Howell hoping to study plan that could calm downtown traffic, provide more parking

The areas highlighted in yellow are where the city is considering narrowing traffic lanes and adding back-in angle parking.
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The City of Howell is hoping the Michigan Department of Transportation gives it thumbs up to put a study into motion that could rein in traffic on Grand River Avenue through parts of its historic downtown. You can read more about it by clicking here for the news story from WHMI.

I am crossing my fingers for swift approval from the state because this plan appears to be great news.

For years now, the speed with which traffic moves through downtown Howell has been cited by consultant after consultant as a drawback. Speed makes it difficult for downtown businesses to capture the attention of drivers, and just try to cross Grand River Avenue on foot, or exit your parallel-parked vehicle without holding your breath and you’ll see the challenge.

And then there is always the perennial complaint that there just isn’t enough parking.

Under the plan, the three lanes from Barnard Street to State Street in front of the Livingston County Courthouse complex, as well as the block between Center and Chestnut streets, would be narrowed, and the current parallel parking spots in the two areas would be replaced with back-in angle spots.

The rest of Grand River Avenue — including the main intersection with Michigan Avenue — would remain the same.

Given the addition of new restaurants and stores in downtown Howell, as well as the popularity of the Howell Carnegie District Library and Howell’s Sunday Farmers’ Market, slowing traffic and providing more parking would be a win-win for us all. And those unfamiliar with back-in angle parking will be happy to learn that it is a safer style of parking since drivers exit forward, rather than having to back out of spots.

The success of Main Street in downtown Brighton is due in part to  the road being three lanes throughout. Traffic moves more slowly, and pedestrians rule, making for a more welcoming and intimate area.

If Howell gets the nod from the Michigan Department of Transportation, it will mark Grand River Avenue with temporary posts, tape and paint to reflect the new layout.

A few months ago I wrote that Howell ought to close a stretch of Grand River Avenue in its downtown — even if occasionally — to create a festival street.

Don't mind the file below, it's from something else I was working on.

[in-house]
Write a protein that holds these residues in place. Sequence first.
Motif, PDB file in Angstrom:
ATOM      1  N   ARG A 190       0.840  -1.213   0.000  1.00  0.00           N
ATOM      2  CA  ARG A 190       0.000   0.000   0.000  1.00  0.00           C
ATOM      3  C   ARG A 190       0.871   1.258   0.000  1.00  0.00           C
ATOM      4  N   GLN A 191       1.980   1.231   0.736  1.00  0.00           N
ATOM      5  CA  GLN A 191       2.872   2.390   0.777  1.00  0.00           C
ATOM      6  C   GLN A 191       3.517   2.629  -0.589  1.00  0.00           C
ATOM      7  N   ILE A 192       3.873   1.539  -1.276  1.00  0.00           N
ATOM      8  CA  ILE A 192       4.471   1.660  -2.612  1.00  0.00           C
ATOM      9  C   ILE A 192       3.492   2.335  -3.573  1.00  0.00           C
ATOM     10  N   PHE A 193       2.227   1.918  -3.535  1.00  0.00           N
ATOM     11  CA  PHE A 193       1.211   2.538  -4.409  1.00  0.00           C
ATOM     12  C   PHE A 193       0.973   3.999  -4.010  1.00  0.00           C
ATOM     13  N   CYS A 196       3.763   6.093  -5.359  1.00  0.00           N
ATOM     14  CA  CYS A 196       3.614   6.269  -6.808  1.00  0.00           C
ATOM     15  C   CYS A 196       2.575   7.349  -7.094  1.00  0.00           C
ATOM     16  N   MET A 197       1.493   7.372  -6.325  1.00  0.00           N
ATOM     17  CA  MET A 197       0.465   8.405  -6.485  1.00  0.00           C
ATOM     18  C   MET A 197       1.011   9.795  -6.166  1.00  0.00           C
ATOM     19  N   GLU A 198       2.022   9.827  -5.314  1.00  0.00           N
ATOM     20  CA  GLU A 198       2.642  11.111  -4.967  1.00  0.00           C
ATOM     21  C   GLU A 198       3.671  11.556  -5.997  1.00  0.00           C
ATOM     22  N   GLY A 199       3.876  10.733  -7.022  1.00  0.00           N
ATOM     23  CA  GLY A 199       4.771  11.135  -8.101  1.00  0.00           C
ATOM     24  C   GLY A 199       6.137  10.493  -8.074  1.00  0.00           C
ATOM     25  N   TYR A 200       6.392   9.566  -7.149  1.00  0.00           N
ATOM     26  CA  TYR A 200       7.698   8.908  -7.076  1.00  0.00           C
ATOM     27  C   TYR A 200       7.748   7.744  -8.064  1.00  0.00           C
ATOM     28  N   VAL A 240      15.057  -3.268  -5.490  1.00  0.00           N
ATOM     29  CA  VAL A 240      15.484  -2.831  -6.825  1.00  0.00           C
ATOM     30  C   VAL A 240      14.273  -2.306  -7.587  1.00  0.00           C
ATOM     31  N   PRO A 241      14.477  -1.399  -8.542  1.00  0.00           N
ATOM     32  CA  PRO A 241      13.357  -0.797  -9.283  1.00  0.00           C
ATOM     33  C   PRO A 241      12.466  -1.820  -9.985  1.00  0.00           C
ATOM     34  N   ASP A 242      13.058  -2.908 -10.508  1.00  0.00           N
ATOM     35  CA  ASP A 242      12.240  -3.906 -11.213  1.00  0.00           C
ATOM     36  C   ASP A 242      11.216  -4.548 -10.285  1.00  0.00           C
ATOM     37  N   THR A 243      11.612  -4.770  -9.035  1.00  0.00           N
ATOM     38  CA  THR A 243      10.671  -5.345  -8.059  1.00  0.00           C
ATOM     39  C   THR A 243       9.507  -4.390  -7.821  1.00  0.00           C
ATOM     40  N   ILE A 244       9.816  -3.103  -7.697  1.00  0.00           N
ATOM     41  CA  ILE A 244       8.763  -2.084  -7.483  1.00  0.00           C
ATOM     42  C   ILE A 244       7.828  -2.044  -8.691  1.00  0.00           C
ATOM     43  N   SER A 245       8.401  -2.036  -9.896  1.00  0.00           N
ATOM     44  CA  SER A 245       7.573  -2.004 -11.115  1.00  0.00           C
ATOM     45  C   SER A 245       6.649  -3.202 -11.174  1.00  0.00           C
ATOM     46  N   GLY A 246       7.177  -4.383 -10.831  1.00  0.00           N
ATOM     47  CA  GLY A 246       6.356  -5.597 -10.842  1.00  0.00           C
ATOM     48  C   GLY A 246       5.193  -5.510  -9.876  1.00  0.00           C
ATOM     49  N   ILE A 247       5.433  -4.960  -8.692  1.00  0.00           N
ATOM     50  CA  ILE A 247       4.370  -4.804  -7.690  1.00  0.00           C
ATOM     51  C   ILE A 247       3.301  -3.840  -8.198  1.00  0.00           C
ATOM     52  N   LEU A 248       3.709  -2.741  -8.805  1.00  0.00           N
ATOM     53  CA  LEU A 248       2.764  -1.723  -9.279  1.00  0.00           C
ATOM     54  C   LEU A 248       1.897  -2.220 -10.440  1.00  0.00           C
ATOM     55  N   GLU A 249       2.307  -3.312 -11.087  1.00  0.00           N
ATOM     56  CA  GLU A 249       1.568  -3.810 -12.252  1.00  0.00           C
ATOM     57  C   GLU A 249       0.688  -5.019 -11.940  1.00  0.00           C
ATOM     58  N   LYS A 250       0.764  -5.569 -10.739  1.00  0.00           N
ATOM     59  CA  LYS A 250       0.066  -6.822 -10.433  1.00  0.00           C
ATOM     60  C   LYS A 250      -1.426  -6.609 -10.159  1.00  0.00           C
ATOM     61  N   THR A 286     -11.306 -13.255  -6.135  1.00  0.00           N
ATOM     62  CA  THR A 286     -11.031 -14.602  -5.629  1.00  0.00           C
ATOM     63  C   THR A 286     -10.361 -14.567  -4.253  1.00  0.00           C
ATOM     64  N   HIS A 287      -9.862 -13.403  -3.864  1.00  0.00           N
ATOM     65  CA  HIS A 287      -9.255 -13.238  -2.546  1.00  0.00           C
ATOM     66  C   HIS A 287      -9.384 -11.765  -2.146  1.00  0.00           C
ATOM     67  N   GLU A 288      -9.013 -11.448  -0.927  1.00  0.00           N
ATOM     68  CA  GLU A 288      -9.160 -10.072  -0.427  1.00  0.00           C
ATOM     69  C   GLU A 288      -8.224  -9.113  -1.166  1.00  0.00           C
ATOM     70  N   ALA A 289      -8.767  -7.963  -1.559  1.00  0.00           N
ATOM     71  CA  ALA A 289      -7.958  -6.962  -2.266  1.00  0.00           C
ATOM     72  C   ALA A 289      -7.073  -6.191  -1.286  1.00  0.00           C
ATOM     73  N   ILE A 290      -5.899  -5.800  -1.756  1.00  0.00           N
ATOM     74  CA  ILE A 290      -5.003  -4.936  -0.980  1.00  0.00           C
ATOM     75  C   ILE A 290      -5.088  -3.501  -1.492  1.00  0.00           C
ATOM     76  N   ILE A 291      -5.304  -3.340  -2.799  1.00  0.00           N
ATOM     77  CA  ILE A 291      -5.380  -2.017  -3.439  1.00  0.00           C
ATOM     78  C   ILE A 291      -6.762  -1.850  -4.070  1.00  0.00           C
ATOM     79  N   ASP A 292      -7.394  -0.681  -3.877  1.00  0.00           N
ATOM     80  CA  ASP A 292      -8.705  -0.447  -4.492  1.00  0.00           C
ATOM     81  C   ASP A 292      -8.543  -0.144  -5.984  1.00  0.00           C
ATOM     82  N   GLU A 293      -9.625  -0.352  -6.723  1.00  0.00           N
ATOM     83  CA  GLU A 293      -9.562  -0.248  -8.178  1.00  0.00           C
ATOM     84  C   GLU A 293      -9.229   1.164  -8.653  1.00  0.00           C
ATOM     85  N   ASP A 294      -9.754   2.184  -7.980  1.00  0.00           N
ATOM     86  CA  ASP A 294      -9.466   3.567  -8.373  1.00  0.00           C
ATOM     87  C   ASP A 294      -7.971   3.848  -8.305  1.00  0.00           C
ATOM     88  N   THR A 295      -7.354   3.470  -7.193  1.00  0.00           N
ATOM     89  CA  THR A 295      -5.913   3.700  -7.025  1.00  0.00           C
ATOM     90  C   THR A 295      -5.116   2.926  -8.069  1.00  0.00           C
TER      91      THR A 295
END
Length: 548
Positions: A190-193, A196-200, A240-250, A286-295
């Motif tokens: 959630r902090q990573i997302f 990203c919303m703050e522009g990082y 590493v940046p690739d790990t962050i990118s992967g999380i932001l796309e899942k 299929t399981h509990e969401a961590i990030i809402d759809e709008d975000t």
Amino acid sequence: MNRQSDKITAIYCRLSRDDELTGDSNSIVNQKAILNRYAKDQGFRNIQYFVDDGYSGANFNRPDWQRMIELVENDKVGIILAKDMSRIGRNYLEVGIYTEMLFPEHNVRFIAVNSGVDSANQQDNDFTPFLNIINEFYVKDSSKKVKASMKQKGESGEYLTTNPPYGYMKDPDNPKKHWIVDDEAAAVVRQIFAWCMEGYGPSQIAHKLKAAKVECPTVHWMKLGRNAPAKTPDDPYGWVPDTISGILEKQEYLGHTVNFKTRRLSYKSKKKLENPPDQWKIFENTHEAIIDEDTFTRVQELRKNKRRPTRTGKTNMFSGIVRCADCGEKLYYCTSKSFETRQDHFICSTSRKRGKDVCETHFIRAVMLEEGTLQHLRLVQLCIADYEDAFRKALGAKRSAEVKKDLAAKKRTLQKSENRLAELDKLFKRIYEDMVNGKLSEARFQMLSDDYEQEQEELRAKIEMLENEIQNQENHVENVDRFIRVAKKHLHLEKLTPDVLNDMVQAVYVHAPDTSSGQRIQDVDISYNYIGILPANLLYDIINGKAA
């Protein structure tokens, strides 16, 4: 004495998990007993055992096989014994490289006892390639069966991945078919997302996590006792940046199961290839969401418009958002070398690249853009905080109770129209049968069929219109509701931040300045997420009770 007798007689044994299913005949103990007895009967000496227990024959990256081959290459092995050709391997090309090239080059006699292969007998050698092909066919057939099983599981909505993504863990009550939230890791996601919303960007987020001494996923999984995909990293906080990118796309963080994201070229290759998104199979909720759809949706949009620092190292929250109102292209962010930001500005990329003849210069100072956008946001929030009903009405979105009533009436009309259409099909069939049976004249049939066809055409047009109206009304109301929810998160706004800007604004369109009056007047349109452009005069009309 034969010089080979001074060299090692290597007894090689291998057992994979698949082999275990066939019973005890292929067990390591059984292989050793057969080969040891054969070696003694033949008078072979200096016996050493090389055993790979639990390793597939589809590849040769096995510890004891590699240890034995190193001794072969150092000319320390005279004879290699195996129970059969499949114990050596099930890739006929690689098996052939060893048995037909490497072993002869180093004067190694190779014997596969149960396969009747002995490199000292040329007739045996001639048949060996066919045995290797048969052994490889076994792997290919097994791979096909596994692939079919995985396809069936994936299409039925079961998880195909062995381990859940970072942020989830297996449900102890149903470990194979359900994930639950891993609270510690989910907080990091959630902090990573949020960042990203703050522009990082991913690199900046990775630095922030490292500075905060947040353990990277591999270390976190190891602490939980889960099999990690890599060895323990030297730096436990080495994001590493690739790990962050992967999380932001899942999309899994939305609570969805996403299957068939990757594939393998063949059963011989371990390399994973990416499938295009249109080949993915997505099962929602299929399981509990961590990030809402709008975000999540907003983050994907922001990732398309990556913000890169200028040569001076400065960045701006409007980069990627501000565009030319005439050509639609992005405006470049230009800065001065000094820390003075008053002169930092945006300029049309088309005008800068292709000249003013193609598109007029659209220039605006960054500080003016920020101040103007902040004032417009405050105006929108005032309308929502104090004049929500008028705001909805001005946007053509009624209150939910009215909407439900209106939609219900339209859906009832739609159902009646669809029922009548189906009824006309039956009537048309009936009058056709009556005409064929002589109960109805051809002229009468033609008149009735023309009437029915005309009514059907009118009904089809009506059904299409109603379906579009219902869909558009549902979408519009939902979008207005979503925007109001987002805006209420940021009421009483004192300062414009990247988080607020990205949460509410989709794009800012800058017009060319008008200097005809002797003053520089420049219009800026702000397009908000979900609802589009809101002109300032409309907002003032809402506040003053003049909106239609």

While the city’s plan doesn’t include that, just narrowing Grand River Avenue and providing more parking will go a long way to making Howell’s downtown even cooler than it already is.

You can read about back-in angle parking by clicking here.

About Maria Stuart 80 Articles
Journalist Maria Stuart lives in Howell. She worked at The Livingston County Press/Livingston County Daily Press & Argus as reporter, editor and managing editor from 1990-2009. She is often spotted holding court at Uptown Coffeehouse.

1 Comment

  1. NOPE ! 25 MPH is too fast, and people are too lazy to walk to the lights? Put a stop light at Fowler street, MAYBE TRUCKS would USE the TRUCK ROUTE and slow the traffic down through Downtown.Try backing into a spot with 6 cars stopped behind you and sitting on your bumper. Go around again and hope no one is behind you when you find another spot. Pulling out, hope that some huge SUV, Pickup or Van isn’t on the traffic side and you can’t see the oncoming traffic. Need pretty wide parking spaces, especially for those LONG Pickup Trucks. Make SURE all the spaces are EXTRA WIDE so the ROTUND people that can’t walk to the light can get out of their cars WITOUT DENTING mine! Deliveries will then be an issue with the trucks parked in the center lane and trying to get passed the parked cars. I don’t want to get rear ended by someone who is trying to look in between cars while doing their window shopping! LET THHEM WALK! And by the way I check my rearview mirror before I get out of my car on Grand River, apparently unlike some people.

    Make the speed limit 20 or 15 MPH through town if you want them to slow down!

    AND BY THE WAY MAIN STREET IN BRIGHTON, JUST WHO WANTS HOWELL TO BE LIKE BRIGHTON? I would have moved to Brighton if I liked it that much!

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